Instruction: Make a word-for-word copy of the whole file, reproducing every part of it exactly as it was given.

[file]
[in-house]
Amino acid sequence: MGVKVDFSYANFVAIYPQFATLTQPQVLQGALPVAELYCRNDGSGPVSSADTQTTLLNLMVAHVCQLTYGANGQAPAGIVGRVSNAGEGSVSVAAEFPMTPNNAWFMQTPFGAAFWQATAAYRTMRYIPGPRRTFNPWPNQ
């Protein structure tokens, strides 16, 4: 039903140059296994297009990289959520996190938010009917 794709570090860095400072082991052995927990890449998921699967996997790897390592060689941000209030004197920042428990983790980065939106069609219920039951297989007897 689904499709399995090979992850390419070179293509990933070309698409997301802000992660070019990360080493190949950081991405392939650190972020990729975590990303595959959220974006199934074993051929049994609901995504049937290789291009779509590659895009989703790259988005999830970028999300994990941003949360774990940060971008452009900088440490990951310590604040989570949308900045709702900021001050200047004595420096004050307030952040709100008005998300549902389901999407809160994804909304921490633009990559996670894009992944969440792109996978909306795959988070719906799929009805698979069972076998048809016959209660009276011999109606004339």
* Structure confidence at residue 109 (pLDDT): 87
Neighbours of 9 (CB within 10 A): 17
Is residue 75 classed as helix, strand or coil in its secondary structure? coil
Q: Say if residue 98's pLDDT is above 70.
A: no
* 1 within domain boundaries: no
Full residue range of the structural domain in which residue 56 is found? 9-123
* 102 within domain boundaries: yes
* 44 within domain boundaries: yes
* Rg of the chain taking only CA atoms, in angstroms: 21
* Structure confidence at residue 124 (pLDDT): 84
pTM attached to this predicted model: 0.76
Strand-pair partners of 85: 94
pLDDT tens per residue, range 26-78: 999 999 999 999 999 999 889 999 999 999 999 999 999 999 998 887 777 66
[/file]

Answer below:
[in-house]
Amino acid sequence: MGVKVDFSYANFVAIYPQFATLTQPQVLQGALPVAELYCRNDGSGPVSSADTQTTLLNLMVAHVCQLTYGANGQAPAGIVGRVSNAGEGSVSVAAEFPMTPNNAWFMQTPFGAAFWQATAAYRTMRYIPGPRRTFNPWPNQ
């Protein structure tokens, strides 16, 4: 039903140059296994297009990289959520996190938010009917 794709570090860095400072082991052995927990890449998921699967996997790897390592060689941000209030004197920042428990983790980065939106069609219920039951297989007897 689904499709399995090979992850390419070179293509990933070309698409997301802000992660070019990360080493190949950081991405392939650190972020990729975590990303595959959220974006199934074993051929049994609901995504049937290789291009779509590659895009989703790259988005999830970028999300994990941003949360774990940060971008452009900088440490990951310590604040989570949308900045709702900021001050200047004595420096004050307030952040709100008005998300549902389901999407809160994804909304921490633009990559996670894009992944969440792109996978909306795959988070719906799929009805698979069972076998048809016959209660009276011999109606004339």
* Structure confidence at residue 109 (pLDDT): 87
Neighbours of 9 (CB within 10 A): 17
Is residue 75 classed as helix, strand or coil in its secondary structure? coil
Q: Say if residue 98's pLDDT is above 70.
A: no
* 1 within domain boundaries: no
Full residue range of the structural domain in which residue 56 is found? 9-123
* 102 within domain boundaries: yes
* 44 within domain boundaries: yes
* Rg of the chain taking only CA atoms, in angstroms: 21
* Structure confidence at residue 124 (pLDDT): 84
pTM attached to this predicted model: 0.76
Strand-pair partners of 85: 94
pLDDT tens per residue, range 26-78: 999 999 999 999 999 999 889 999 999 999 999 999 999 999 998 887 777 66